“They offered me an analyst title,” a coaching client told me. “Do you think titles matter?”
She looked at me funny as I started spluttering.
“The hiring manager told me not to focus on the title,” she said. “The role itself is great — a dream job. But I feel disappointed about the title. Insulted, even.”
My client, a woman of color, had been interviewing for vice president and executive director roles.
“Easy for him to tell me not to focus on the title,” she mused. “He’s a 50-year-old white man with a president title. But seriously, am I making a big thing out of nothing?”
I was still spluttering.
“Yes! Your work title matters!” I exclaim. (I get carried away.)
“Analyst is an awesome title, but it’s only a part of what you do,” I told her. “Having ‘analyst’ as your job title would not accurately reflect the scope of what you are expected to contribute to this organization.”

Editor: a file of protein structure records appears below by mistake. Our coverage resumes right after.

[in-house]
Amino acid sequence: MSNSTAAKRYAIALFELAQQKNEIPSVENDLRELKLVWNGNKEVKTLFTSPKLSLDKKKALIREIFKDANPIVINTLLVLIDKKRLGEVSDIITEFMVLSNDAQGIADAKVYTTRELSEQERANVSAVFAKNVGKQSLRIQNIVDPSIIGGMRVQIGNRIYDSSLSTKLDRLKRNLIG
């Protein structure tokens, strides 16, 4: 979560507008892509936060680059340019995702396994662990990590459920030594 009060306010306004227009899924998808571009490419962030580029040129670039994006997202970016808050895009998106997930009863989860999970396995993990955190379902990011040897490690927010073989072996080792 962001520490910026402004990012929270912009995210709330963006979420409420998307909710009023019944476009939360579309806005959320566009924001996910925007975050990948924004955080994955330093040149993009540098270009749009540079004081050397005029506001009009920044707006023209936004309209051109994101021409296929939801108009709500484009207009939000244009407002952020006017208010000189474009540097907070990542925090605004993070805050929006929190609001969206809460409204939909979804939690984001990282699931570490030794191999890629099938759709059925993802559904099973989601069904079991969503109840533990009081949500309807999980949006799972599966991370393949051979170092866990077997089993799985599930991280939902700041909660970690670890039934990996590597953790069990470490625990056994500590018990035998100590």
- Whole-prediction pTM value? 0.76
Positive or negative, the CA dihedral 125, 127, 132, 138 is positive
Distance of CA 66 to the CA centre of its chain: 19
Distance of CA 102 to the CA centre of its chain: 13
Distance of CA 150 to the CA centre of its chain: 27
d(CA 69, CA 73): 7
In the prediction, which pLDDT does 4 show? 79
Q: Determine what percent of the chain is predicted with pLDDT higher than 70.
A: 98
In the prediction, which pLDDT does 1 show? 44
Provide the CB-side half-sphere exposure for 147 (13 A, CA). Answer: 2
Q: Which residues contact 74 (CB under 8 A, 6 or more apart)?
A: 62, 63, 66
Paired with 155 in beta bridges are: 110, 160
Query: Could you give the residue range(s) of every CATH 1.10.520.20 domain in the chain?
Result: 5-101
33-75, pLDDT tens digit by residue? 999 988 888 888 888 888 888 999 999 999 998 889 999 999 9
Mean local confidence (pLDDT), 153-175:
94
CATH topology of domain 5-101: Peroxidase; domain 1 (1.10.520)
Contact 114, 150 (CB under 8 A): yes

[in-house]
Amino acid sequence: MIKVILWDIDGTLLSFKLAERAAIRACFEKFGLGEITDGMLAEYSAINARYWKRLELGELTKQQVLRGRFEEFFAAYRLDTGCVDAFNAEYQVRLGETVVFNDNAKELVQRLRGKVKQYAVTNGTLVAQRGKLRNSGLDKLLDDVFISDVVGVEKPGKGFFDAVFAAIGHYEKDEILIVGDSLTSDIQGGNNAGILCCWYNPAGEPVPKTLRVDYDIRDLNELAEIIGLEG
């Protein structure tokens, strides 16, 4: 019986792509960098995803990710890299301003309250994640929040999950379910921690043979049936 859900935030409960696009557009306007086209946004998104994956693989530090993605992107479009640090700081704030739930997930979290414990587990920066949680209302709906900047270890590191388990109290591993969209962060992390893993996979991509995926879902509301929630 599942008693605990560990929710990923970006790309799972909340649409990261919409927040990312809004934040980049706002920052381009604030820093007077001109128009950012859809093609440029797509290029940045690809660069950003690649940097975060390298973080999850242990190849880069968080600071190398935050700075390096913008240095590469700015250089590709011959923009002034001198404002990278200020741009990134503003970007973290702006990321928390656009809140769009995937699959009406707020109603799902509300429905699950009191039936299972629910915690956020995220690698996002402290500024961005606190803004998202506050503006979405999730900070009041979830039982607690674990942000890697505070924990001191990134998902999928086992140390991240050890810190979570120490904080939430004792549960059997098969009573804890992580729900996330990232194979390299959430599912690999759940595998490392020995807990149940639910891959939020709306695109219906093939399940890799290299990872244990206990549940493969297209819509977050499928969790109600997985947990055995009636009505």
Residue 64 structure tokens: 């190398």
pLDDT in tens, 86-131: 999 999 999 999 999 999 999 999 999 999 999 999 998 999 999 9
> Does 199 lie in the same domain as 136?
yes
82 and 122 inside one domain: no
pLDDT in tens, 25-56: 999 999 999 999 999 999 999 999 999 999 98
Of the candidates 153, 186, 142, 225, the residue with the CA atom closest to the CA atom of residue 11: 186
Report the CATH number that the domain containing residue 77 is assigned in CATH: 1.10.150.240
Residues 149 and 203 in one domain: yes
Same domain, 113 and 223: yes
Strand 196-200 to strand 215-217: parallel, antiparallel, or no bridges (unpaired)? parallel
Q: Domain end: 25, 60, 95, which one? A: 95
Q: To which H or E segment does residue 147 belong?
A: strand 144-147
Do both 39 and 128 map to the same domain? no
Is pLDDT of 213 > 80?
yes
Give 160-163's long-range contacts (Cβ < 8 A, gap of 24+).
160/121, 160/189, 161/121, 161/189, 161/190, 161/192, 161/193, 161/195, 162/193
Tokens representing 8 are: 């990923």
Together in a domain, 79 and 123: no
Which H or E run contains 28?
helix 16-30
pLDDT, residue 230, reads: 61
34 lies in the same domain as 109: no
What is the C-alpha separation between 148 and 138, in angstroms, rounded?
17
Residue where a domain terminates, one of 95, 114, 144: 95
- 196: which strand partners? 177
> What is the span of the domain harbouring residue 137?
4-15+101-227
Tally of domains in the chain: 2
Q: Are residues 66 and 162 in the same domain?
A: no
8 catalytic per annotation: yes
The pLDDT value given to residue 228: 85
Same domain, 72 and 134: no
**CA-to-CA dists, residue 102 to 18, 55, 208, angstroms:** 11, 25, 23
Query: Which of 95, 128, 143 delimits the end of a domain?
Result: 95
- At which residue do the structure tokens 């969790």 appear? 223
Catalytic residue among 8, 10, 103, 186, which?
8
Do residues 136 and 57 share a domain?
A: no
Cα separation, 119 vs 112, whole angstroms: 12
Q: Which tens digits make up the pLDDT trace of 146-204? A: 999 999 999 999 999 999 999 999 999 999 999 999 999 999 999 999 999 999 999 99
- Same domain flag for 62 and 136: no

(Let me be clear that I deeply respect and admire the work of my analyst clients, friends and former colleagues!)
“Your title is part of your work identify,” I continued. “It helps you be effective at work. It connotes status and can influence how your co-workers prioritize your requests. It also can help you make connections and build relationships. It’s part of your first impression.”
According to the Harvard Business Review, titles indeed matter and should be part of your salary negotiation. Your title is “a symbolic representation of what you do and the value that you bring,” HBR quotes Dan Cable, a professor at London Business School.
Your title is “a signal both to the outside world and to your colleagues of what level you are within your organization,” HBR quotes Margaret Neale, a professor at Stanford Graduate School of Business and co-author of “Getting (More of) What You Want.”
Your title is on your résumé forever, I told my client.
To some extent, future employers will anchor their leveling and salary negotiations off of that title. If you accept a title that undervalues your role, you could risk (tens of? hundreds of?) thousands of dollars in earning power over the course of your career.
“Is that making something out of nothing?” I asked my client.
First published in The Seattle Times. Read my archive of Seattle Times Explore columns.